LYN WHITE: Oh, absolutely!

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RICHARD CARLETON: When we came to Kuwait to see all this for ourselves, the Information Ministry banned us from filming at the markets. But we did shoot some pictures and then showed everything to an independent expert on animal handling.

TEMPLE GRANDIN: Shoving sheep in a boot of a car is not an acceptable way to handle sheep and tying up their legs with wire is not acceptable.

RICHARD CARLETON: American Temple Grandin has been responsible for a revolution in the worldwide management of food animals.

TEMPLE GRANDIN: Now I want to talk about some basic animal behaviour principles.

RICHARD CARLETON: As a veterinary scientist, she's paid to advise and even lecture big food companies such as McDonald's.

TEMPLE GRANDIN: And one of the things you never, never want to do with sheep is pick them up by the wool.

RICHARD CARLETON: Dr Grandin says there's a major difference between our sheep, bred on large stations, and local sheep, that have much more contact with humans.

TEMPLE GRANDIN: The stress that you get from an animal that's not used to people can be really tremendous, because it's just fear stress, okay, I've talked about all the stress, it's fear stress, and those Australian sheep, they're going to get scared a lot more easily than a local sheep that's used to people.

RICHARD CARLETON: Now Kuwait is tiny, about a quarter of the size of Tasmania. But it has a huge appetite for our lamb. This is the Kuwaiti equivalent of a Sunday roast.

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What's good about Australian lamb?

KUWAITI WOMAN: The smell is different, the colour is different.

RICHARD CARLETON: Different better or different worse?

KUWAITI WOMAN: No, Australian's the best.

RICHARD CARLETON: Lamb is a basic staple here and the government fixes the price, the equivalent of $3.50 a kilo. At that price the livestock transport and trading company says it's losing money, but it's a government-owned business, so the state wears the losses. Mr J K Ire is the manager.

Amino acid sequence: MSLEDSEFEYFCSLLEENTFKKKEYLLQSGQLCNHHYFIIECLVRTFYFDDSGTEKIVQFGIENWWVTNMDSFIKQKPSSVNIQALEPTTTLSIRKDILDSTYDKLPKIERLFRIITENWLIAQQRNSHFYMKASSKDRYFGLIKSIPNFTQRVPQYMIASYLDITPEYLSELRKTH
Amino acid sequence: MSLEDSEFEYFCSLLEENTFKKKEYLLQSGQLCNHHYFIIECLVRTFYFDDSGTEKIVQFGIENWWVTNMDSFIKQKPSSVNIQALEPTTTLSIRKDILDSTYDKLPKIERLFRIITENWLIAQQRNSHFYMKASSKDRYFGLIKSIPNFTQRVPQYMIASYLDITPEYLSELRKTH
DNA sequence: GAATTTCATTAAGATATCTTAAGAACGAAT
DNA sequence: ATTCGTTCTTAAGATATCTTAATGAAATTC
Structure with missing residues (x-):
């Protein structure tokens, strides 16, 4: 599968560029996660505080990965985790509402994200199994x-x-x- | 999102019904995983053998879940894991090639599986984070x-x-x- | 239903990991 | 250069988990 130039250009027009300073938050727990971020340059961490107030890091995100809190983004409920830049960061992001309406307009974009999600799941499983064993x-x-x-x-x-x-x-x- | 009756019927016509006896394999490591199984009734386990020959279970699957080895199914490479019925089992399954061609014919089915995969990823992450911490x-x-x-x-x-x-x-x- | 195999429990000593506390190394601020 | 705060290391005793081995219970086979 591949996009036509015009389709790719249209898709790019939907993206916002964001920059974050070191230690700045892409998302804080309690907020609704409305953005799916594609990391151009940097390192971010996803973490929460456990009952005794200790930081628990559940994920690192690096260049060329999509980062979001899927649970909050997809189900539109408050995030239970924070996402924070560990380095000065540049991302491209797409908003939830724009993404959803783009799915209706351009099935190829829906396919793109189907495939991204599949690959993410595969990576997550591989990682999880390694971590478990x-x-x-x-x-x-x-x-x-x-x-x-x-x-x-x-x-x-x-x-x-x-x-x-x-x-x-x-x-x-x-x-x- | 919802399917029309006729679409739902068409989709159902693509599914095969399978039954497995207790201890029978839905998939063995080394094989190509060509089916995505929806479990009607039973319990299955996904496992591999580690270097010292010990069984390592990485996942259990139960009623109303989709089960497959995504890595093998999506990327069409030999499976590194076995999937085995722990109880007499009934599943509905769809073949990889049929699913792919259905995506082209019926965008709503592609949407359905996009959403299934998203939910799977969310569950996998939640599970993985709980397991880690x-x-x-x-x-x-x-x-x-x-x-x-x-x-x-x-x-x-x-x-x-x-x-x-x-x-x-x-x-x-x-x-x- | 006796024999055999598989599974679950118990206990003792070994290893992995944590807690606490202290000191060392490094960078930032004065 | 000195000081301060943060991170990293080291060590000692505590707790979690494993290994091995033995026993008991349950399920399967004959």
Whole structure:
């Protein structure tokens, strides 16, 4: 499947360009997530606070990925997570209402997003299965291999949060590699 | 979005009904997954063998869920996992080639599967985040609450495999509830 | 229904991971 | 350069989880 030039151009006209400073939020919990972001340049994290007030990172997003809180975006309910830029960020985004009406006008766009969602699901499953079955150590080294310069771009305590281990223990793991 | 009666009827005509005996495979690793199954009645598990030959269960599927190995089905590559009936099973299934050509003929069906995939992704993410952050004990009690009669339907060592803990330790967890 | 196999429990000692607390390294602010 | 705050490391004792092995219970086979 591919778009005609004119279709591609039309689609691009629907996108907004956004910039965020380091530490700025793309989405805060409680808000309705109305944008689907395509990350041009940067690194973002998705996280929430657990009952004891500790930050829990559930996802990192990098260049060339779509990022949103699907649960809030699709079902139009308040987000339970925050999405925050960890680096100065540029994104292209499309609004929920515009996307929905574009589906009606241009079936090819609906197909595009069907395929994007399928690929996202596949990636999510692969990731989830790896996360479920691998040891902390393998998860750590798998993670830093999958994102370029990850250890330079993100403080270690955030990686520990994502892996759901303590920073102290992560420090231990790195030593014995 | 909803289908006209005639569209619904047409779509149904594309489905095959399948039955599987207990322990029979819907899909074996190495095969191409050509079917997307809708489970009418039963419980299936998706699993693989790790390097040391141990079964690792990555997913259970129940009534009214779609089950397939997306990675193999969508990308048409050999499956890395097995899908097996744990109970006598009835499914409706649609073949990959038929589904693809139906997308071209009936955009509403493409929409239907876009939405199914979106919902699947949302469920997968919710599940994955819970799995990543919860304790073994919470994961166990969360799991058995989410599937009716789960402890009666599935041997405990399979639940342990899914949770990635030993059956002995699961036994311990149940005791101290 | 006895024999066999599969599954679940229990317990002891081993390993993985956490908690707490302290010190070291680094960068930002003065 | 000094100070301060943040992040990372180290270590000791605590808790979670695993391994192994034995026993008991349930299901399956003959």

J K IRE: Australian sheep, Australian meat, carries reputation and value.

RICHARD CARLETON: That it's a good product?

J K IRE: It is a good product, undoubtedly, yes.

RICHARD CARLETON: The animal welfare argument is, though, that you have a different outlook on welfare than we do in Australia.

J K IRE: Australia may have its own yardstick to measure welfare. We in the Gulf have got our own yardstick to measure welfare and I don't know where exactly the conflict comes in.

RICHARD CARLETON: The conflict is over the local method of slaughter. And to a slaughterhouse Lyn White also took her camera.

LYN WHITE: We're talking about thousands of Australian sheep being slaughtered per night by these methods and with this handling.

RICHARD CARLETON: In Australian abattoirs, sheep walk down a single file race and are stunned so they're unconscious when their throats are cut. In Kuwait, there is no stunning.

LYN WHITE: It's not acceptable to slit the throat of an animal and allow it to be conscious, even if it's done with the best possible … with both arteries cut, they're still conscious for 20 seconds. And also you can clearly see that they're watching each other die and that's terribly sad and distressing for the animals.

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RICHARD CARLETON: Now that contention is very much disputed.

TEMPLE GRANDIN: Sheep don't understand what slaughtering is. I've watched a lot of animals get slaughtered. They don't understand what's going on, provided you do not cut the sheep up in front of another sheep, like if you take the head off in front of another sheep, then I think they understand something's wrong.

RICHARD CARLETON: Here, some sheep are commonly used for ceremonial purposes. This man bought two to celebrate the opening of his new restaurant. Within half an hour, they'd been slaughtered and skinned, a practice so routine it barely rated a second glance. Lyn White followed another to the opening of a jewellery shop.

LYN WHITE: The gentleman in the dark coat is the jewellery shop owner and he's about to open his shop and he has got the abattoir worker to come with him to slaughter the animal. It appears that one of his legs breaks during that as well.